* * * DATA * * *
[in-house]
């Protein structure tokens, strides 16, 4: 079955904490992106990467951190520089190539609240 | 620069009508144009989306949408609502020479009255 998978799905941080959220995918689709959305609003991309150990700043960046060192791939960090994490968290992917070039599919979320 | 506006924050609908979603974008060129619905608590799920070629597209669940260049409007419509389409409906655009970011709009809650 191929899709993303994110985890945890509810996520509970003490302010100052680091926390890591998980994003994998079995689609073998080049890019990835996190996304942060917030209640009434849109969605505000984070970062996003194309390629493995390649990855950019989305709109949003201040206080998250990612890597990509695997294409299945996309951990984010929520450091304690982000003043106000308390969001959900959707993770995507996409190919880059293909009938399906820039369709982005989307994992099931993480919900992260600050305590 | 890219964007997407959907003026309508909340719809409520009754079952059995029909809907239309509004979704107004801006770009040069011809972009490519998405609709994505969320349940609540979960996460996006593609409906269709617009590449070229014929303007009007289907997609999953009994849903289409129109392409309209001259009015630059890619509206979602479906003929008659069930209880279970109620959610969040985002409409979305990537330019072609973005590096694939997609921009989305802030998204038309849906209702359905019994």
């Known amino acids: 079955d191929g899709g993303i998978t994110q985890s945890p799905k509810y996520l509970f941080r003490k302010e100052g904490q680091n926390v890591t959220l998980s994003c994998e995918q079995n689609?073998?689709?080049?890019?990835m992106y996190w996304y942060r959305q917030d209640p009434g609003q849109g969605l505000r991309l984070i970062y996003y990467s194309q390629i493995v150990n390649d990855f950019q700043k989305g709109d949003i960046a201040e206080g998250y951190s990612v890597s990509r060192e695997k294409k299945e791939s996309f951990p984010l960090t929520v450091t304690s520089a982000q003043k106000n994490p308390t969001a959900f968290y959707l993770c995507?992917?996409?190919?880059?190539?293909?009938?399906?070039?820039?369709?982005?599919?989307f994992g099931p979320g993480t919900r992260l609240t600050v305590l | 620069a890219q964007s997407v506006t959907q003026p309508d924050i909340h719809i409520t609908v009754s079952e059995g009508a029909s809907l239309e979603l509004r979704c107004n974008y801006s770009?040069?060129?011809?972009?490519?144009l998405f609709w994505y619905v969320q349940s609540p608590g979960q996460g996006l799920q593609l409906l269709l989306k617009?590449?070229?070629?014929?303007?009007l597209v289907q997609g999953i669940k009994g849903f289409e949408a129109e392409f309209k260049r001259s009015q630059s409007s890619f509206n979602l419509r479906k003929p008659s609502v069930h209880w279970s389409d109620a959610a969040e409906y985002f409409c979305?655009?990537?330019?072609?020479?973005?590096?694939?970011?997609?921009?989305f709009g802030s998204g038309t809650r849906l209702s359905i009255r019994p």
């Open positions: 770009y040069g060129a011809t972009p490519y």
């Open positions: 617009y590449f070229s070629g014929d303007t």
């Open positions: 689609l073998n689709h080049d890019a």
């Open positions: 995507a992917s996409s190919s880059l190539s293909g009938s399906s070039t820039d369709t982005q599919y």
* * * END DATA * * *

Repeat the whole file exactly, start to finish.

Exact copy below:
[in-house]
């Protein structure tokens, strides 16, 4: 079955904490992106990467951190520089190539609240 | 620069009508144009989306949408609502020479009255 998978799905941080959220995918689709959305609003991309150990700043960046060192791939960090994490968290992917070039599919979320 | 506006924050609908979603974008060129619905608590799920070629597209669940260049409007419509389409409906655009970011709009809650 191929899709993303994110985890945890509810996520509970003490302010100052680091926390890591998980994003994998079995689609073998080049890019990835996190996304942060917030209640009434849109969605505000984070970062996003194309390629493995390649990855950019989305709109949003201040206080998250990612890597990509695997294409299945996309951990984010929520450091304690982000003043106000308390969001959900959707993770995507996409190919880059293909009938399906820039369709982005989307994992099931993480919900992260600050305590 | 890219964007997407959907003026309508909340719809409520009754079952059995029909809907239309509004979704107004801006770009040069011809972009490519998405609709994505969320349940609540979960996460996006593609409906269709617009590449070229014929303007009007289907997609999953009994849903289409129109392409309209001259009015630059890619509206979602479906003929008659069930209880279970109620959610969040985002409409979305990537330019072609973005590096694939997609921009989305802030998204038309849906209702359905019994």
């Known amino acids: 079955d191929g899709g993303i998978t994110q985890s945890p799905k509810y996520l509970f941080r003490k302010e100052g904490q680091n926390v890591t959220l998980s994003c994998e995918q079995n689609?073998?689709?080049?890019?990835m992106y996190w996304y942060r959305q917030d209640p009434g609003q849109g969605l505000r991309l984070i970062y996003y990467s194309q390629i493995v150990n390649d990855f950019q700043k989305g709109d949003i960046a201040e206080g998250y951190s990612v890597s990509r060192e695997k294409k299945e791939s996309f951990p984010l960090t929520v450091t304690s520089a982000q003043k106000n994490p308390t969001a959900f968290y959707l993770c995507?992917?996409?190919?880059?190539?293909?009938?399906?070039?820039?369709?982005?599919?989307f994992g099931p979320g993480t919900r992260l609240t600050v305590l | 620069a890219q964007s997407v506006t959907q003026p309508d924050i909340h719809i409520t609908v009754s079952e059995g009508a029909s809907l239309e979603l509004r979704c107004n974008y801006s770009?040069?060129?011809?972009?490519?144009l998405f609709w994505y619905v969320q349940s609540p608590g979960q996460g996006l799920q593609l409906l269709l989306k617009?590449?070229?070629?014929?303007?009007l597209v289907q997609g999953i669940k009994g849903f289409e949408a129109e392409f309209k260049r001259s009015q630059s409007s890619f509206n979602l419509r479906k003929p008659s609502v069930h209880w279970s389409d109620a959610a969040e409906y985002f409409c979305?655009?990537?330019?072609?020479?973005?590096?694939?970011?997609?921009?989305f709009g802030s998204g038309t809650r849906l209702s359905i009255r019994p």
């Open positions: 770009y040069g060129a011809t972009p490519y």
């Open positions: 617009y590449f070229s070629g014929d303007t």
């Open positions: 689609l073998n689709h080049d890019a």
């Open positions: 995507a992917s996409s190919s880059l190539s293909g009938s399906s070039t820039d369709t982005q599919y």